I walked to the road after the reading, listening to Middlemarch. Rosie wants to enslave Lydgate. The brand of nail clippers was “Drug Store.” A pack of Sonomas for $3.33. A pack of Eagle 20’s for $3.37. A man showed me a photo of hibiscus. “Beauty even in the brambles,” he said, and looked at me to hammer it home. Mary Garth says no to Fred, the first time in the book that someone seems willing to try to change someone else, to imagine the counterfactual. Deer in the fields, their bulky bodies and alien-shaped heads. Deer with small antlers. The rain and sun, the rainbow in the net, the steam off the asphalt as high as houses.
The horses roll around on their backs in the straw. They’re hot in their fancy fields. The goats come up to the fence and swing their ears bashfully. The butterflies actually fly as high as birds on occasion. The frogs are so incredibly loud and as soon as you shine a flashlight on them they clam up and hide. The armadillos look like gleaming little piglets. The bats have a frantic flap to them.
6. Beloved Things
If there’s one thing I love, it’s shopping online for a Victorian-style nightgown. If there’s one thing I love, it’s being able, materially and physically, to nap. If there’s one thing I love, it’s bright fragrant flowers in my vase on my writing desk. If there’s one thing I love, it’s the long idle conversations at work precisely when we should not be idle. If there’s one thing I love, it’s hiding during the event and eating chocolate. If there’s one thing I love, it’s sitting there in the hot grass while the little blue-eyed goats wander over, eating as they go, then touching my hands with their noses.
If there’s one thing I love, it’s the thick cold mist, its endowments of rain, up over the huge lawn. Well, not just the mist, but running into it, getting eaten by it, an echoing zone of white, like in the Matrix, or the Yellow Submarine, the white imaginary land. If there’s one thing I love, it’s when I’m too distraught to talk, but you call me over and over, and I know that you know, and neither of us are tired. I hung up on you to enter the mist, because neither of us were tired.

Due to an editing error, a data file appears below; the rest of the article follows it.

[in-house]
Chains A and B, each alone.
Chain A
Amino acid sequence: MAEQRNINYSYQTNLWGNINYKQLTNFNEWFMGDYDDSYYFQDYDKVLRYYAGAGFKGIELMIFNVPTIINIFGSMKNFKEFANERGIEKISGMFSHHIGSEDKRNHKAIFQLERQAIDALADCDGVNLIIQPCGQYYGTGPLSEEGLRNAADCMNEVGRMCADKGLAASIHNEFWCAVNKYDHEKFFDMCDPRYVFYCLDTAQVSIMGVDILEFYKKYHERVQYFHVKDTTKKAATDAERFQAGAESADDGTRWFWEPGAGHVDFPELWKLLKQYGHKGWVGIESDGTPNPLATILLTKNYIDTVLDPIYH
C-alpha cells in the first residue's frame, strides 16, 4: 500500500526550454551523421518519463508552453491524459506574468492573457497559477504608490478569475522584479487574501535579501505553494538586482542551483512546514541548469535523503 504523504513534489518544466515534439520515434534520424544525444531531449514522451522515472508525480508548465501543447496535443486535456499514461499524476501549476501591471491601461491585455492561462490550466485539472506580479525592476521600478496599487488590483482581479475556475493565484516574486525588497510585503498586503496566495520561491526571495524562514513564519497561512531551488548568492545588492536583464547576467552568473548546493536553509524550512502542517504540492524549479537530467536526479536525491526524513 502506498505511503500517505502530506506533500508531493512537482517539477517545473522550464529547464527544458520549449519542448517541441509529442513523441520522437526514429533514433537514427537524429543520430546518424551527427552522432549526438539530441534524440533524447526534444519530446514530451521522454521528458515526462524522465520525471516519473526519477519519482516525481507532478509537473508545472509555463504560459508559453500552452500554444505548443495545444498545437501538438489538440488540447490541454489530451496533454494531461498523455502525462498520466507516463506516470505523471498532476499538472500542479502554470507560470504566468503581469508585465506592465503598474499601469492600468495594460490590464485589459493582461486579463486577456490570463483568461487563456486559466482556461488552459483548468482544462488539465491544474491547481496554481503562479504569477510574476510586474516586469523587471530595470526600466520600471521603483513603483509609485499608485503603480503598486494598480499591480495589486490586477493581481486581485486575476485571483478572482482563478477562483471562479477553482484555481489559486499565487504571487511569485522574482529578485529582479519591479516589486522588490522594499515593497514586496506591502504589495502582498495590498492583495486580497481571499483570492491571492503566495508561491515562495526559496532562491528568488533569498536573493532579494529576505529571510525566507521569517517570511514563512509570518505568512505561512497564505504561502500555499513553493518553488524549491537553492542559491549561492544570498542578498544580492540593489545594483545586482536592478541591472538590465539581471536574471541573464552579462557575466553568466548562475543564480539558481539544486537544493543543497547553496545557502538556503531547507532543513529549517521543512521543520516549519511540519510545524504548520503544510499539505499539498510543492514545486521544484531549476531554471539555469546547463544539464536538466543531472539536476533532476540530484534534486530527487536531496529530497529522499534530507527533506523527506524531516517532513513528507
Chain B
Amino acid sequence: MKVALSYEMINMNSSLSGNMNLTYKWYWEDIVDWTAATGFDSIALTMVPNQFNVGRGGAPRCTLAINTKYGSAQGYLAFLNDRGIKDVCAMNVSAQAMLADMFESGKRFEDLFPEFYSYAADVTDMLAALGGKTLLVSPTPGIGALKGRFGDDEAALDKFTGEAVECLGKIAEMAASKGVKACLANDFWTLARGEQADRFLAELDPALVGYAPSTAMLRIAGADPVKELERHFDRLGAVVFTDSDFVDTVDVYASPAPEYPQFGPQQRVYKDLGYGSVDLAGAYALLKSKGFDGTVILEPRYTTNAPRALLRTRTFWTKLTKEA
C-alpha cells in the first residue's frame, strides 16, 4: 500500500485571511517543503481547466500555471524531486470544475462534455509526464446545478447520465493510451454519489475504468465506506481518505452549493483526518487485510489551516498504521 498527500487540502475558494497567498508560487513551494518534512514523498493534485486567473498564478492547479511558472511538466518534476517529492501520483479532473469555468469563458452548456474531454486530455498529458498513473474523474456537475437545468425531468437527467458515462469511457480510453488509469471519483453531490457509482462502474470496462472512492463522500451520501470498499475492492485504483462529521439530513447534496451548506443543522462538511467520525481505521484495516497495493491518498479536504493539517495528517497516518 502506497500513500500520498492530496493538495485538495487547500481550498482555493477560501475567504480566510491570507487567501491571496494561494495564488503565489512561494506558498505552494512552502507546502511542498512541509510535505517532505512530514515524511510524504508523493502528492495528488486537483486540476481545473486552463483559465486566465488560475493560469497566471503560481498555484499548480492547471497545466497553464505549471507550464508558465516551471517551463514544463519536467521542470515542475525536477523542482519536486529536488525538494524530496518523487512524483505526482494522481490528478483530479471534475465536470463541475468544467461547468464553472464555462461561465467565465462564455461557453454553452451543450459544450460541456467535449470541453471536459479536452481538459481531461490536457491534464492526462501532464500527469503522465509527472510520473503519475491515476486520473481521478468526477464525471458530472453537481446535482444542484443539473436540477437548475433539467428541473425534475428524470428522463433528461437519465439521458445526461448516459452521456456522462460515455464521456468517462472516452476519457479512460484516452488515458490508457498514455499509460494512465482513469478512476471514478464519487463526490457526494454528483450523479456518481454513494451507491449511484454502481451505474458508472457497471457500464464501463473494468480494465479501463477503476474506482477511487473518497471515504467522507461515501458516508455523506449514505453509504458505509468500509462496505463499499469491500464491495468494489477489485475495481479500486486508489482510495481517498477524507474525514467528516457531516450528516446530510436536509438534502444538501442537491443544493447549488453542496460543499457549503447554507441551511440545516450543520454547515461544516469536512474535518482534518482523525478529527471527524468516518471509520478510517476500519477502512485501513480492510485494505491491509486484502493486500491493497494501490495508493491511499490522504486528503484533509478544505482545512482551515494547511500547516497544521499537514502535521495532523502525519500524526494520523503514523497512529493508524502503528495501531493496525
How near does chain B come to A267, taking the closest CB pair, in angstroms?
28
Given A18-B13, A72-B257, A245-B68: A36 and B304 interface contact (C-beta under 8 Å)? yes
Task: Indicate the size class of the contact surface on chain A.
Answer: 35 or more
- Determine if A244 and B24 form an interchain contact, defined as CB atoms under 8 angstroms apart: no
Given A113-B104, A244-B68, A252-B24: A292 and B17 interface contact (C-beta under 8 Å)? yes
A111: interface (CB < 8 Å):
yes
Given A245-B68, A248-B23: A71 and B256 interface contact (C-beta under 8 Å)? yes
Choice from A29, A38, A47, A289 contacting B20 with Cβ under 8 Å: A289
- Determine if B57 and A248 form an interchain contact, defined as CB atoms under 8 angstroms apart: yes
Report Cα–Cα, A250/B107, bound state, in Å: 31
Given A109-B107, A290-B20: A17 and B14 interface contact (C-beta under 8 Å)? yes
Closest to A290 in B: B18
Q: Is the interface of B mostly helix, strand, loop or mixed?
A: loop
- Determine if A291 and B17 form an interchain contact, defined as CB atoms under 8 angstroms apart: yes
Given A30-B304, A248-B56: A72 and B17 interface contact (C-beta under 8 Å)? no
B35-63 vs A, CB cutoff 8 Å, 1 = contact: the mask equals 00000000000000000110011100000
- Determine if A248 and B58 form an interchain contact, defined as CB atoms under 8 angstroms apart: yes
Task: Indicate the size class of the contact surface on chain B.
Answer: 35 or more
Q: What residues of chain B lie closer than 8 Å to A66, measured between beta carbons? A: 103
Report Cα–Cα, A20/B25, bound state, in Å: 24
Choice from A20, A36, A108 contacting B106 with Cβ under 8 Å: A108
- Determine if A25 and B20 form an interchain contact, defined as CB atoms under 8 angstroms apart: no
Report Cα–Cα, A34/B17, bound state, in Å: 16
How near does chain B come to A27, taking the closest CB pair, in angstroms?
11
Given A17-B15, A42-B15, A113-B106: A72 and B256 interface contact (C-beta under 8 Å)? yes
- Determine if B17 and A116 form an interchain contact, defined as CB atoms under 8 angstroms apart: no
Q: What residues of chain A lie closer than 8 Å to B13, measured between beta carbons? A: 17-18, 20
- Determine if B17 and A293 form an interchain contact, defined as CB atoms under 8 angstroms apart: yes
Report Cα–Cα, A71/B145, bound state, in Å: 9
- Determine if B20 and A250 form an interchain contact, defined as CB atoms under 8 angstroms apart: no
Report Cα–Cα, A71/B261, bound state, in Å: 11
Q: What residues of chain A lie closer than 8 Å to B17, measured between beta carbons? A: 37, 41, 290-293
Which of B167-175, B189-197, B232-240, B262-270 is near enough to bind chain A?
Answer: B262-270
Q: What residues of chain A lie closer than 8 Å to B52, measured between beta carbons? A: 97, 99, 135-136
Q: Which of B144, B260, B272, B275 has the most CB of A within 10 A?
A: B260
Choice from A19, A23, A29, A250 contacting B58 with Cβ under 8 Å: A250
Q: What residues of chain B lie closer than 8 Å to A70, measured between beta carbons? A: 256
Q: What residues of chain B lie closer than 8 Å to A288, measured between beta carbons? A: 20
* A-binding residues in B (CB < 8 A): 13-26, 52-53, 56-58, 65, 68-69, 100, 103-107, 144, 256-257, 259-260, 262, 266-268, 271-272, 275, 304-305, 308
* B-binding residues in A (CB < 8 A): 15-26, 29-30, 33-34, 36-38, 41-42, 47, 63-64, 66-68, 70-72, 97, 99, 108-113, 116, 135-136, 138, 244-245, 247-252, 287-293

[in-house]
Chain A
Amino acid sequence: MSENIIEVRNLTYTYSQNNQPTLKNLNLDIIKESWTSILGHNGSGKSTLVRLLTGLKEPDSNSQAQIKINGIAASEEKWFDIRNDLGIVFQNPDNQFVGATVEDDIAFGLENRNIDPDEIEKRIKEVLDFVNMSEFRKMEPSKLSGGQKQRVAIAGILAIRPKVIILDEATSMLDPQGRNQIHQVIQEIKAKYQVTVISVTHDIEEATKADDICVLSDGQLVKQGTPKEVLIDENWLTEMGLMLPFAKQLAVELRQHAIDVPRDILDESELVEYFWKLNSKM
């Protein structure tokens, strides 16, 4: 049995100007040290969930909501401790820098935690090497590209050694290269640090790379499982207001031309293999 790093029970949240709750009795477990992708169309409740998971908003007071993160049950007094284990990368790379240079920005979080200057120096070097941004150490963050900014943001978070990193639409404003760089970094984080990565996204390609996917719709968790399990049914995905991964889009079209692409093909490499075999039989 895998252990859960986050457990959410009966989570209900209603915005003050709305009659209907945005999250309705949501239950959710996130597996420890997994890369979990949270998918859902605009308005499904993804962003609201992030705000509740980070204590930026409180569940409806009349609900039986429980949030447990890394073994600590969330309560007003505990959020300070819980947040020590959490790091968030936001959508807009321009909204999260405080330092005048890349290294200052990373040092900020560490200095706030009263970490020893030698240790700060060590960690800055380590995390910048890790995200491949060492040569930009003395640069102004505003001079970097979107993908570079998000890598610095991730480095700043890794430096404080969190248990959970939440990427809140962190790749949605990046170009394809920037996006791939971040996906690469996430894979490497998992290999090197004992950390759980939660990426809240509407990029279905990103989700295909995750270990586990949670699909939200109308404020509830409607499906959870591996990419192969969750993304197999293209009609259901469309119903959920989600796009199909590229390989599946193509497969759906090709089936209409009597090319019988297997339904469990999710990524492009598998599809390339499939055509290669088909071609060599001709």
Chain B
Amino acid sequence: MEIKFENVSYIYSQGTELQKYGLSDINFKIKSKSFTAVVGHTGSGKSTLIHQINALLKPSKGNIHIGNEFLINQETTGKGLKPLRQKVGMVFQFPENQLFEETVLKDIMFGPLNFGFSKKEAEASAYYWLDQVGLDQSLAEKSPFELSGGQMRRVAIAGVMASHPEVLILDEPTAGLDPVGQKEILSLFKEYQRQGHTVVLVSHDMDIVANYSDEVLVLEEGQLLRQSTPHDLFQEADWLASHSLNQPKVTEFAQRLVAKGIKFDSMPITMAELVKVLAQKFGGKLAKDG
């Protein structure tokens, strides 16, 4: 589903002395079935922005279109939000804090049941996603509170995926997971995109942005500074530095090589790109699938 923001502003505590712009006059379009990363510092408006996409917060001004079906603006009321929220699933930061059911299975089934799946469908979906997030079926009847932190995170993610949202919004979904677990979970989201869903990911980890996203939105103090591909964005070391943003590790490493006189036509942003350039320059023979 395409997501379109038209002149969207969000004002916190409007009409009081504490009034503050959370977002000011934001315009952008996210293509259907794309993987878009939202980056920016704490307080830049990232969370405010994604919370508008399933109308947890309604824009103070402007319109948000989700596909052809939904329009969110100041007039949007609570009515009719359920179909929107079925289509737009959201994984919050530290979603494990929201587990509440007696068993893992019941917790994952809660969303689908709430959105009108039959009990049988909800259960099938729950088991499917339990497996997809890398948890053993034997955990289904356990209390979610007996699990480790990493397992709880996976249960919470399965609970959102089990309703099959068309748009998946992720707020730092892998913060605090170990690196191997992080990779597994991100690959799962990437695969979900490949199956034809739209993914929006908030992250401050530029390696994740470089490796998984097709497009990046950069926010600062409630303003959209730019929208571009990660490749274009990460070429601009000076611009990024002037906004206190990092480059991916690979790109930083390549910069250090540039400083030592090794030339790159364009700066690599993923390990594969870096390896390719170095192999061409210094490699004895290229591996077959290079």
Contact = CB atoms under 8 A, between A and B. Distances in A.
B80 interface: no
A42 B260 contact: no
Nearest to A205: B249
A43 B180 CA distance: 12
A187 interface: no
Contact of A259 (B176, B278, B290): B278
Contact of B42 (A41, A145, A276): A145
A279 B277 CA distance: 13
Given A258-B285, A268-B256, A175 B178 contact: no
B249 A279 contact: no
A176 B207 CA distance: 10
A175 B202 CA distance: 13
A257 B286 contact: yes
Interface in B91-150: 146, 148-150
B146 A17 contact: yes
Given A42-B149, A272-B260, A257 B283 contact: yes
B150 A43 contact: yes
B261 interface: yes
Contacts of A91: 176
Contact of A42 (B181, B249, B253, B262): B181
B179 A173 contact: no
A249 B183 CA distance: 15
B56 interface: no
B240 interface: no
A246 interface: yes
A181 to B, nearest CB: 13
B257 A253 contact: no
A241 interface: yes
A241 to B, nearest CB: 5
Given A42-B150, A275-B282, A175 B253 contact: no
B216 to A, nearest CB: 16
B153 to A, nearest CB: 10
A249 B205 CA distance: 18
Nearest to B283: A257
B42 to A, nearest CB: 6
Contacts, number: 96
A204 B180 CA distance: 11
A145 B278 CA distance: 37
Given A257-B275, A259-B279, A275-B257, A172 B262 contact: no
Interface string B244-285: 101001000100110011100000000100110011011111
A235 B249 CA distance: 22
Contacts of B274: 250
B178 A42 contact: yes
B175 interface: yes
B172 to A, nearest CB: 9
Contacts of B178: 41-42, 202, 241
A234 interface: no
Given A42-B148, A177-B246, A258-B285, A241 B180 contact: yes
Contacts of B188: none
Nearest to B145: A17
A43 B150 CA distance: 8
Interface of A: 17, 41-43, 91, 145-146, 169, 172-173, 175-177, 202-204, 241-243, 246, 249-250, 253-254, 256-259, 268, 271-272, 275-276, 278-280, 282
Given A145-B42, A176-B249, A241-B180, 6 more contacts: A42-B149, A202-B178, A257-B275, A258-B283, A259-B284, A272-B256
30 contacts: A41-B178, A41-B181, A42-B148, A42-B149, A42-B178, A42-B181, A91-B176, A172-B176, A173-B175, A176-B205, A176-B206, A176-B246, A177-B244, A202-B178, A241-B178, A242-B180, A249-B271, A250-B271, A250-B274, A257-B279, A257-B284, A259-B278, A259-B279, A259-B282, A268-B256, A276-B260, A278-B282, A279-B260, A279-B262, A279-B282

7. On Writing
If you need something to do in a group, you can divide people into Lord of the Rings creatures: elf, human, dwarf, hobbit. You can also divide people three by three along a) lawful, neutral, chaotic, and b) good, neutral, evil (the center is true neutral). When you’re talking about people who aren’t there, you can do marry, fuck, kill, but that’s difficult for me because I want to fuck and kill everyone. In pairs it’s easier, you can choose any set of things and decide who is who. You’re obviously the spoon, I’m the fork. You’re the salt, I’m the pepper. You’re the cat, I’m the dog.
With writers you know fairly well, you can do a version of this that’s easy, which is, what writer would you be friends with? With writers you know a bit better, you can ask, what writer would you be? The hardest and most interesting version of this, however, reserved only for the widely-read friends that you know deeply and love, is, what writer would have written the character that is you? Very quickly you adjoin the limit of literature, and confront its extreme specificity, and the strangeness of character as lived, but then you have to push past that because in fact there is something beyond it.
Molly Dektar’s second novel, The Absolutes, was published this summer by Mariner. She is also the author of The Ash Family (2019). Her short fiction has appeared in N+1, the Yale Review, the Sewanee Review, and the Rumpus, among others.